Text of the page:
By Amy Silverman
By Olivia LaVecchia
By Monica Alonzo and Stephen Lemons
By Chris Parker
By Michael Lacey
By Weston Phippen
"I'm here every day," the guy says. "Well, every day except Sunday. Sunday is for family and God."
The guy is Mexican, handsome, in his 30s, with a mustache and a smile like sunlight. He has a taco stand on Van Buren near 17th Avenue. The stand has been there for about a month.
"It's hard setting up in business," he says. But it doesn't seem to be getting to him. He grills strips of beef over mesquite, then cuts the beef into small pieces and puts it in tacos, cooked to order for each customer.
The stand is in the parking lot of Madison Square Garden Boxing Gymnasium, and the irresistible cooking smell beckons the people coming and going for workouts.
It's around 8 p.m., the middle of September. Traffic on Van Buren is about as light as it gets, which isn't very light at all. Twenty-year-old cars cruise up and down, and people mumble to themselves on the broken sidewalks. The daylight is just beginning to fade, and the air is warm, but no longer hot.
The taco stand only has two tables, so it looks like business is booming. At one table sits a couple with a child. A reporter shares the other table with a guy suffering from drunkenness or mental instability or both. He swaggered up to the vendor and ordered, "Make me one." As he reached into his pocket for the couple of dollars he needed, he lost his balance slightly and stumbled backward. The vendor wasn't fazed at all. He was polite to the guy, and waved him toward the table the reporter was sitting at.
Now they all sit there, the five customers, and eat their freshly cooked tacos. And the barrio does its business as the sun goes down. Inside the gymnasium, fighters jump rope, hit bags and each other, preparing for whatever comes next.
Carlos Tarin is one of them.
Carlos Tarin is 19 years old. Small and heavily muscled, he has the demeanor of a cheerful executioner. There's nothing belligerent about his manner, yet he gives off a slightly menacing vibe, and would even if you didn't know his occupation. His vibe isn't one of anger, but of a surgical capacity for destruction. If he gets a nickname, it ought to be "Tiburon," which is Spanish for "Shark." Just as a shark relentlessly moves forward, devouring whatever it sees and wants, Tarin is a calm and unblinking predator. Like a shark, he shows no malice--but if he sees the need to hurt you, he'll do it without pause or remorse.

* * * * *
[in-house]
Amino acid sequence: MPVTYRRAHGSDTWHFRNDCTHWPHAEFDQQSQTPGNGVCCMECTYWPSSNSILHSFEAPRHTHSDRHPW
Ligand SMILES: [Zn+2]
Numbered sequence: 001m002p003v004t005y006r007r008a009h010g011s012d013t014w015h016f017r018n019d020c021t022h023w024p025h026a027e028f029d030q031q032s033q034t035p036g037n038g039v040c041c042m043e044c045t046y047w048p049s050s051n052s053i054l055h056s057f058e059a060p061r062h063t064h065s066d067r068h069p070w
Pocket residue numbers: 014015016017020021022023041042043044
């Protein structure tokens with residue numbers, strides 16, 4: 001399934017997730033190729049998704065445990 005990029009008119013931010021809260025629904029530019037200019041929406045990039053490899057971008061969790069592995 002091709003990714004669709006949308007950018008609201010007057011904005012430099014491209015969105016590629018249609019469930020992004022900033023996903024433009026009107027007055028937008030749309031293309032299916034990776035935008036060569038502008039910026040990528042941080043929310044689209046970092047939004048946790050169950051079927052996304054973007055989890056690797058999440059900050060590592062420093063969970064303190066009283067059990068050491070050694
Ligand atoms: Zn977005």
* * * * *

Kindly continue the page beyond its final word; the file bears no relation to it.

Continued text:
I first saw Tarin in June 1997, at an amateur boxing show in the Madison Square Garden gym. It was one of the most shockingly vicious displays of sustained pressure I have ever seen in a boxing ring. His opponent struggled heroically just to last the three-round distance and lose on points. The guy showed sound boxing skill, but against Tarin all he could do was survive. Tarin never let up, never gave the guy any room. Joe Louis once said that in the ring you can run but you can't hide, and Tarin barely let his opponent run. He constantly advanced, cutting off the ring, making the guy's space smaller and smaller. Then the guy would have no space left except for the few inches between his body and Tarin's fists. And those fists traveled that distance with frightening ease.
As he pounded the guy, Tarin's little sister stood on a chair and yelled encouragement, clapping her hands, laughing every time he connected. He would probably have stopped the guy in the third round, but by then he was tired, and although Tarin's foe was spent, it lasted until the final bell.
That night I started to believe something I still believe more than a year later: Carlos Tarin has the most raw talent of any boxer in the Valley.
Of course, right now, at the start of his professional career, he's by no means the best pro fighter in the Valley. I would give that accolade to another up-and-comer, Joe-Joe Varela. The great Michael Carbajal is well past his prime.
But Tarin has the kind of tools that might allow him to reach the pinnacles of Carbajal or, more aptly in his case, Julio Cesar Chavez. He needs lots of experience and refinement in using those tools. For now, he shows a naivete and sense of vulnerability that clashes startlingly with his power.
So who is Carlos Tarin?
A lightweight boxer with scary hitting power. A 19-year-old with the usual unpredictable temperament. A guy with two brothers and four sisters who lives with his family near 42nd Avenue and Cypress. A guy who speaks Spanish when he speaks at all. An athlete of immense promise who doesn't take himself too seriously, and who tends to answer questions with a shrug of his shoulders. A kid who finished high school last year and worked in construction and now trains and fights full-time, supported by his family. An ordinary working-class kid who doesn't like to do much except dance and hang out with his friends.